The first of these movements was the Haskalah (Enlightenment), the aim of which was to prepare the Jew for his life in the new world by introducing him to its culture. The “enlightened” Jew was to be thoroughly familiar with the great classics of Western thought as well as with his own literature. Allied to this was the movement known as Judische Wissenschaft (The Science of Judaism). The aim of this school was to study the Jewish past in a scientific way, that is to say, to examine, so far as this is possible, not what we imagine to have happened in Jewish history but what actually did happen. At a later date Zionism arose. The Zionists taught that the Jews were a nation like other nations and could only flourish if they had a land of their own. Eventually, Zionism led to the establishment of the State of Israel. The bitter fact that six million Jews were murdered by Hitler gave a tremendous impetus to the search for a secure home for the Jewish people so that such terrible happenings might never occur again. In the State of Israel the Hebrew language is spoken, the Bible is widely read, and the whole of society is pervaded by the Jewish spirit, though this is not to say that all the problems are now solved; there are, indeed, new ones such as the role of religion in the new State and relations between Jews and Arabs.
On the religious level three new movements arose. Neo-Orthodoxy bravely faces up to the challenge of the new both by becoming thoroughly acquainted with modern life and thought and by denying that anything which has happened during the past one hundred and fifty years renders in any way the past insights out of date. Reform Judaism accepts the challenge in a different way. lt holds that the heart of Judaism is to be found in the teachings of the great Hebrew prophets and these, which speak in God’s name of justice, righteousness and mercy in daily life, are still as valid as ever. As for the ritual observances. Reform is prepared to see value in many of these but does not consider them to be of supreme importance. Conservative Judaism holds on to a mid-way position. It believes that Orthodoxy is too rigid in its resistance to change and Reform too ready to. throw overboard cherished institutions such as the dietary laws and the traditional way of Sabbath observance. Consequently, it tries to follow the traditional pattern but with greater openness and a fuller appreciation of its dynamic quality.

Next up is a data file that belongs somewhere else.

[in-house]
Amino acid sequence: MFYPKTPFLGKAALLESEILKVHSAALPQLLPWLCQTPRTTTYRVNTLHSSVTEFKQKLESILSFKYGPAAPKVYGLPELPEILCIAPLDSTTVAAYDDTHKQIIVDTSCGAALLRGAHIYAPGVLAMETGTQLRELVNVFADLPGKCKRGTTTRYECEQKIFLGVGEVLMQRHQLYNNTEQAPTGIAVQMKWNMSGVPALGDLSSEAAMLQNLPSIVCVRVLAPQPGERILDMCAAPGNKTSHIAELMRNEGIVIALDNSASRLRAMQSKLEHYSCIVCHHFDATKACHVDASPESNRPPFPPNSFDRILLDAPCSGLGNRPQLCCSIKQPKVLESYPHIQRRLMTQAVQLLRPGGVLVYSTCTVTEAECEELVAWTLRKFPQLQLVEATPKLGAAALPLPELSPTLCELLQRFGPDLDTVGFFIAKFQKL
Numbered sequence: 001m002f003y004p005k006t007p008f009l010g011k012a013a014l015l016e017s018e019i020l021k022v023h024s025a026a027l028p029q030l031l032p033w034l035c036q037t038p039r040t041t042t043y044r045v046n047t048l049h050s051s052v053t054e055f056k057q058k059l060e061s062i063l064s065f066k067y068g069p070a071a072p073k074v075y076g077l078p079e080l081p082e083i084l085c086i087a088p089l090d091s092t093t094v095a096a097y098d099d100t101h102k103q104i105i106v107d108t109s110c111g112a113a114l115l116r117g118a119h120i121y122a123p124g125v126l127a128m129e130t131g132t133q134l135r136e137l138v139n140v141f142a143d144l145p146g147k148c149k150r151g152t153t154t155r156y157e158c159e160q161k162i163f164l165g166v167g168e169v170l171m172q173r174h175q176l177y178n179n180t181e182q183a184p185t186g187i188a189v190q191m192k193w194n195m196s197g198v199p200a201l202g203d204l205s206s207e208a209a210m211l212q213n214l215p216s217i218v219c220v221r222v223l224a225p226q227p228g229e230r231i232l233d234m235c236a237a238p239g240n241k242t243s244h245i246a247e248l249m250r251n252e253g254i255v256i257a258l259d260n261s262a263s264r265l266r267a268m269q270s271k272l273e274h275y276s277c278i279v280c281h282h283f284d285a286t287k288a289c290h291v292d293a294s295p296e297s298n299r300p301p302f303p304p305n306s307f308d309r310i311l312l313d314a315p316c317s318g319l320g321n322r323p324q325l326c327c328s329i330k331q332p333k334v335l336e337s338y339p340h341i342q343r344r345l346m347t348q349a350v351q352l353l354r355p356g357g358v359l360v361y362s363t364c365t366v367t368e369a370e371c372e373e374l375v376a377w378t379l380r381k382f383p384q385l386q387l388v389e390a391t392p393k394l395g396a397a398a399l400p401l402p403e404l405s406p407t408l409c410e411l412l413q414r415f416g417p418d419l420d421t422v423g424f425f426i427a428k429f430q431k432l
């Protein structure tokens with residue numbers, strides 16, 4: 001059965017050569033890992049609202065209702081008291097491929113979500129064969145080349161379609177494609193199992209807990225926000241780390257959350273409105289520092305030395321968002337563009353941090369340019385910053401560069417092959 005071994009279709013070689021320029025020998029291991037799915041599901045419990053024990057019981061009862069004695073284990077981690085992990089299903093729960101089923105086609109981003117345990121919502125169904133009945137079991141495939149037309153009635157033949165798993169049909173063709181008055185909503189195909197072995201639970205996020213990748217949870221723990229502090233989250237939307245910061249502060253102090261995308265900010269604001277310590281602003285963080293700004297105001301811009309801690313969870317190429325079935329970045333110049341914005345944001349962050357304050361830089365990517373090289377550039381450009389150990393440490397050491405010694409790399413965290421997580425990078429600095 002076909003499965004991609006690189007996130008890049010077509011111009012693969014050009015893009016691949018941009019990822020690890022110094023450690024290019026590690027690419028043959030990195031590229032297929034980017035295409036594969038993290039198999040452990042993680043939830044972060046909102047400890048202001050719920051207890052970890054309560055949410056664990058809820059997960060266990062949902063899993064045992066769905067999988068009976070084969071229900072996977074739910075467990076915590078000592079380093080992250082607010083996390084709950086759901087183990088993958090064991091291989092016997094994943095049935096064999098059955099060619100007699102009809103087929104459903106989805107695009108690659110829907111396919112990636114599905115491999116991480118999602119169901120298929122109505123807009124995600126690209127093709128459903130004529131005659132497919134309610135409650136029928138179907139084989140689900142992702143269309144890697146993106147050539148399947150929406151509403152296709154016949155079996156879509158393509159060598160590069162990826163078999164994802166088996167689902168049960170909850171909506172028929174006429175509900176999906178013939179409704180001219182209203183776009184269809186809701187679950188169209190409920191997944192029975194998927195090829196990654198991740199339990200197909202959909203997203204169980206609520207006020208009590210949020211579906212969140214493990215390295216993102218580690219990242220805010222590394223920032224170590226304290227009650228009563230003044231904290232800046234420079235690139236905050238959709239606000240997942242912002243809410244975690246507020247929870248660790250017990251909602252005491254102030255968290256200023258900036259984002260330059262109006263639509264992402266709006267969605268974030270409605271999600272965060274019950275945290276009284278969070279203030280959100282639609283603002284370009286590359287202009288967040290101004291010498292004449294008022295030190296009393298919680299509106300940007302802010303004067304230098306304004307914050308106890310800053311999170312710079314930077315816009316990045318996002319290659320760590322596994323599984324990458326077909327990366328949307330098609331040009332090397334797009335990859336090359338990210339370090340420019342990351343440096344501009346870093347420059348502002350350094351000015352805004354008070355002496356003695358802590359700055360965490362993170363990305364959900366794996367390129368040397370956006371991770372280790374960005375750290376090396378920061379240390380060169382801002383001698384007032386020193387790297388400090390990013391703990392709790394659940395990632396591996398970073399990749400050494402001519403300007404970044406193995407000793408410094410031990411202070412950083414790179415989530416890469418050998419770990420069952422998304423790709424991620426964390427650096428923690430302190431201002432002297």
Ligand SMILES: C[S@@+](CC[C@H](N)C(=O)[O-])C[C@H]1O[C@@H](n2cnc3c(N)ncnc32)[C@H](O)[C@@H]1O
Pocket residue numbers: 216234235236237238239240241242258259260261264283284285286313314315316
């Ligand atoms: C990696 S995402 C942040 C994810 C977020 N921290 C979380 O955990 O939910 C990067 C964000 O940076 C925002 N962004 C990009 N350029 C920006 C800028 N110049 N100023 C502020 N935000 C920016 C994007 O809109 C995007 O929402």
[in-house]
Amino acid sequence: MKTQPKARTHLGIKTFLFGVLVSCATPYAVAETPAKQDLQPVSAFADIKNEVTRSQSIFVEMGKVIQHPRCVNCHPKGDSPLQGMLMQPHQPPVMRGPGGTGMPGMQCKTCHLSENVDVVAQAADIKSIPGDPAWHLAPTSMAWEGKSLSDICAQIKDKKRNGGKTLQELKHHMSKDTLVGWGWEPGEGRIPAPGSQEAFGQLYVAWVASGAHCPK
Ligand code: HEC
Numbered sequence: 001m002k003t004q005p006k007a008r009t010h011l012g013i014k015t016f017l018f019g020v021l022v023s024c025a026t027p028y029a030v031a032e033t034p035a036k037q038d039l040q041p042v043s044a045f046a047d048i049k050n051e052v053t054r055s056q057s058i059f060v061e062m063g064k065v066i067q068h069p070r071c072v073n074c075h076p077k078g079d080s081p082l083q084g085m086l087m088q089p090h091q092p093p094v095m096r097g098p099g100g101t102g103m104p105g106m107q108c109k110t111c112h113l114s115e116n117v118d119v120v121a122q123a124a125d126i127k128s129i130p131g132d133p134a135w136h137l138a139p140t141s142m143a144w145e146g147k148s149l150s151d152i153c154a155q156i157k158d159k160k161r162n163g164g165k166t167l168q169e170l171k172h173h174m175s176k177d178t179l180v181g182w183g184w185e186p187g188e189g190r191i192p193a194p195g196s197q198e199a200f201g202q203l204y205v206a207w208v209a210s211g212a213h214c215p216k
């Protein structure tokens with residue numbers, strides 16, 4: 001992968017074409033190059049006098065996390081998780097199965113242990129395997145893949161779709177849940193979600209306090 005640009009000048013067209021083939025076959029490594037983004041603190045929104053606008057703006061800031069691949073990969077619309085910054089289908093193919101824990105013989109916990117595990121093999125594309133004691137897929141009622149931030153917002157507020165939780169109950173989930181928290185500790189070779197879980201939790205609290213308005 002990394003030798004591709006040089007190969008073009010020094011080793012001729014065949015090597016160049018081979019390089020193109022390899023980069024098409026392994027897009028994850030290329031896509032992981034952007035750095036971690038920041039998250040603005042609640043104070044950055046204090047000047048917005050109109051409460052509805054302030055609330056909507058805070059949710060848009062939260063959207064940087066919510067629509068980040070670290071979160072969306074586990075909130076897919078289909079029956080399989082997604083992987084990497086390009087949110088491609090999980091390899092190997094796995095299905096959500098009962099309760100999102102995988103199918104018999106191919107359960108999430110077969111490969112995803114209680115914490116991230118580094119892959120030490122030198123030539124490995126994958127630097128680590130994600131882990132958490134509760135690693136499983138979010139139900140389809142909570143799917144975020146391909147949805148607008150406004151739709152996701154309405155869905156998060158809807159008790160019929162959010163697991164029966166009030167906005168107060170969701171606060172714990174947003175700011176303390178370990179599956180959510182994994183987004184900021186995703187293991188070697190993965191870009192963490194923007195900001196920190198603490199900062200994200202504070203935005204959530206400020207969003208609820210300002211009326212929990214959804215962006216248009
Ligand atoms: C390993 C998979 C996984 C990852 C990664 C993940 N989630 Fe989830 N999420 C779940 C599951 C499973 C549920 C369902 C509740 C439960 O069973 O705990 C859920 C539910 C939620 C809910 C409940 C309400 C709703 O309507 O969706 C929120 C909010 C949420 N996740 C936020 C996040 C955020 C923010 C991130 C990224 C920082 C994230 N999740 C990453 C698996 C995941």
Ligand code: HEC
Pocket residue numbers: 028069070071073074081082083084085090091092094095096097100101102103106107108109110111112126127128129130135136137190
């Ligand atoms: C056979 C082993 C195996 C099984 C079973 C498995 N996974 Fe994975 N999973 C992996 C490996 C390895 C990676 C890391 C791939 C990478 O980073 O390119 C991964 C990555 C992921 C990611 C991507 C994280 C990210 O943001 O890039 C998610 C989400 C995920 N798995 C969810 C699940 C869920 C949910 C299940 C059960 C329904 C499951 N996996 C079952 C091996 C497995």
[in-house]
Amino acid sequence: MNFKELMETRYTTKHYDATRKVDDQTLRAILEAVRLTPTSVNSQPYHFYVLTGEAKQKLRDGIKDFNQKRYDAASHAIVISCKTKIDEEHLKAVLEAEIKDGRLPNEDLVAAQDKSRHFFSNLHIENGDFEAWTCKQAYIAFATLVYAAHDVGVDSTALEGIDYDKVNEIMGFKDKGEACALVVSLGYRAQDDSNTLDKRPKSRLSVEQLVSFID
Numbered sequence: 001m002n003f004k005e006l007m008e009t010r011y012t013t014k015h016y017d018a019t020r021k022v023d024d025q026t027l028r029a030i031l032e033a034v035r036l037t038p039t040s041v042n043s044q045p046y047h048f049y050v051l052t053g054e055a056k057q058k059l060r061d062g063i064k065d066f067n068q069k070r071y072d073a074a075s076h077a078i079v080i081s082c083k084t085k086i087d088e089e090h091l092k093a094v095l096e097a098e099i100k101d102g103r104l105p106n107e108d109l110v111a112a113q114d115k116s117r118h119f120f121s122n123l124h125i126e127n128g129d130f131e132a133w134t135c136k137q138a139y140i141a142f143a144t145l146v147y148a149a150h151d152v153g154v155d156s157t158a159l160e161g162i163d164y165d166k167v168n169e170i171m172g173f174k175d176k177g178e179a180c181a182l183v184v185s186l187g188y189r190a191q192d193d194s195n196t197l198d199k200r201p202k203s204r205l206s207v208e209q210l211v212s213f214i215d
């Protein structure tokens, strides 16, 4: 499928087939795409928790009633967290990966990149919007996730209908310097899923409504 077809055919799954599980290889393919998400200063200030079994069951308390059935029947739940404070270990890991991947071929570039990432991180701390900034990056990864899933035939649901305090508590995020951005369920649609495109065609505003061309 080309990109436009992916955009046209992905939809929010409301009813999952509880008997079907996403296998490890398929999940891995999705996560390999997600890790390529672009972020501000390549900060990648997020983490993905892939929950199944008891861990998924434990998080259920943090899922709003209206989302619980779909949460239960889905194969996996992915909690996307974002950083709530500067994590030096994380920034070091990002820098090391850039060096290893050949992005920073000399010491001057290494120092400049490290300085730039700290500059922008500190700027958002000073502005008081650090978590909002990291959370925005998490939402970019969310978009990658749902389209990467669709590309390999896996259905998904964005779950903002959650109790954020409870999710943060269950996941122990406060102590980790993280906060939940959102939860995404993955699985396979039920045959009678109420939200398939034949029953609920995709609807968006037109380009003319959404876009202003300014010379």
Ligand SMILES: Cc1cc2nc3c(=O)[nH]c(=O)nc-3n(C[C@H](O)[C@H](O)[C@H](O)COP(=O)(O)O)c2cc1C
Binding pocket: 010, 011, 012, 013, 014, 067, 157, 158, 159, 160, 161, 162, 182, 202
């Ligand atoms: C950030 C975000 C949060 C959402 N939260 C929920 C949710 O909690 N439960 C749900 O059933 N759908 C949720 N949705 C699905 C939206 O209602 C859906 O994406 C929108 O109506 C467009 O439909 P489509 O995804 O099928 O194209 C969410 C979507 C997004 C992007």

The thinkers who appear in these pages belong to one or another of these movements. They do not represent, therefore, anything like a uniform viewpoint. If you find yourself agreeing with everything all of them say you will be guilty of indulging in loose thinking since they disagree profoundly among themselves. It is hoped, nonetheless, that this book will be acceptable to the adherents of all the different groupings because it does not seek to propagate any single viewpoint but prefers to let the various thinkers speak for themselves. Whatever your own attitude to these questions, you will come to understand it better by examining the views of its opponents. The thinkers are not labeled according to their movements. That should encourage you to examine
their ideas without prejudice.
The book is divided into three parts. Part I deals with the way new thought on the Jewish doctrine of God serves to place the doctrine in the central position it has always occupied in Judaism but with a number of fresh insights into its meaning. Part 11 considers the doctrine of the Torah as the revealed will of God and how this can be understood in the light of our present-day knowledge. Part Ill treats the doctrine of Jewish peoplehood and its relevance for modern Jewish life. There are other problems with regard to Jewish life in the present but all the main ones have to do with these three areas. The notes to the various texts give some background information and try otherwise to elucidate the meaning of the texts. This is particularly important because some of these writers occasionally tend to assume a knowledge of Jewish thought which the average intelligent Jewish reader cannot be expected to possess.
It remains to be said that the following are selections from Jewish writers and thinkers and should be seen as a beginning or an introduction to the understanding of Judaism in the world of today. If they encourage the reader to go on to study these weighty questions in greater depth and detail the book will have achieved its purpose. For the rest practically every serious Jewish book published today is concerned with one or more of the problems discussed in these pages.